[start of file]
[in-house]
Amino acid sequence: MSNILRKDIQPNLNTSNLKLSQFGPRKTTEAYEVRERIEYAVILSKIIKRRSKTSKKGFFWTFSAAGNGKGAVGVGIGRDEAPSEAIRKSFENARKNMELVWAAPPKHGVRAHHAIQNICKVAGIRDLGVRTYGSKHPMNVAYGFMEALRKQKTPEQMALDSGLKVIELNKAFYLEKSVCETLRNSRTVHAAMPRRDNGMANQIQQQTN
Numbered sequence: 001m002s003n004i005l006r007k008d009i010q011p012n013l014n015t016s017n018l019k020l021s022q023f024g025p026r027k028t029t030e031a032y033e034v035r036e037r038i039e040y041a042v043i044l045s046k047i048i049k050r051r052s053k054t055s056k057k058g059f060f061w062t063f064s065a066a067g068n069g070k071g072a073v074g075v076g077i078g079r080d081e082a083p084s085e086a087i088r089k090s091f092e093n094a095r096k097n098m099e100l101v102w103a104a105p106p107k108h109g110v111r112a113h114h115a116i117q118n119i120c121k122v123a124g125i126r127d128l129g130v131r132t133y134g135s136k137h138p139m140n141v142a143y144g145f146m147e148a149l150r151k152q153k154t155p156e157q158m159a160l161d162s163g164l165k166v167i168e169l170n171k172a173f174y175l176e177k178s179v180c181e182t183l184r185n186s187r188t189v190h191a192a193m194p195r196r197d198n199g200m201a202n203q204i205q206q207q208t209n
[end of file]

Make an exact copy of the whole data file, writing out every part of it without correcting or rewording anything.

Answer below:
[in-house]
Amino acid sequence: MSNILRKDIQPNLNTSNLKLSQFGPRKTTEAYEVRERIEYAVILSKIIKRRSKTSKKGFFWTFSAAGNGKGAVGVGIGRDEAPSEAIRKSFENARKNMELVWAAPPKHGVRAHHAIQNICKVAGIRDLGVRTYGSKHPMNVAYGFMEALRKQKTPEQMALDSGLKVIELNKAFYLEKSVCETLRNSRTVHAAMPRRDNGMANQIQQQTN
Numbered sequence: 001m002s003n004i005l006r007k008d009i010q011p012n013l014n015t016s017n018l019k020l021s022q023f024g025p026r027k028t029t030e031a032y033e034v035r036e037r038i039e040y041a042v043i044l045s046k047i048i049k050r051r052s053k054t055s056k057k058g059f060f061w062t063f064s065a066a067g068n069g070k071g072a073v074g075v076g077i078g079r080d081e082a083p084s085e086a087i088r089k090s091f092e093n094a095r096k097n098m099e100l101v102w103a104a105p106p107k108h109g110v111r112a113h114h115a116i117q118n119i120c121k122v123a124g125i126r127d128l129g130v131r132t133y134g135s136k137h138p139m140n141v142a143y144g145f146m147e148a149l150r151k152q153k154t155p156e157q158m159a160l161d162s163g164l165k166v167i168e169l170n171k172a173f174y175l176e177k178s179v180c181e182t183l184r185n186s187r188t189v190h191a192a193m194p195r196r197d198n199g200m201a202n203q204i205q206q207q208t209n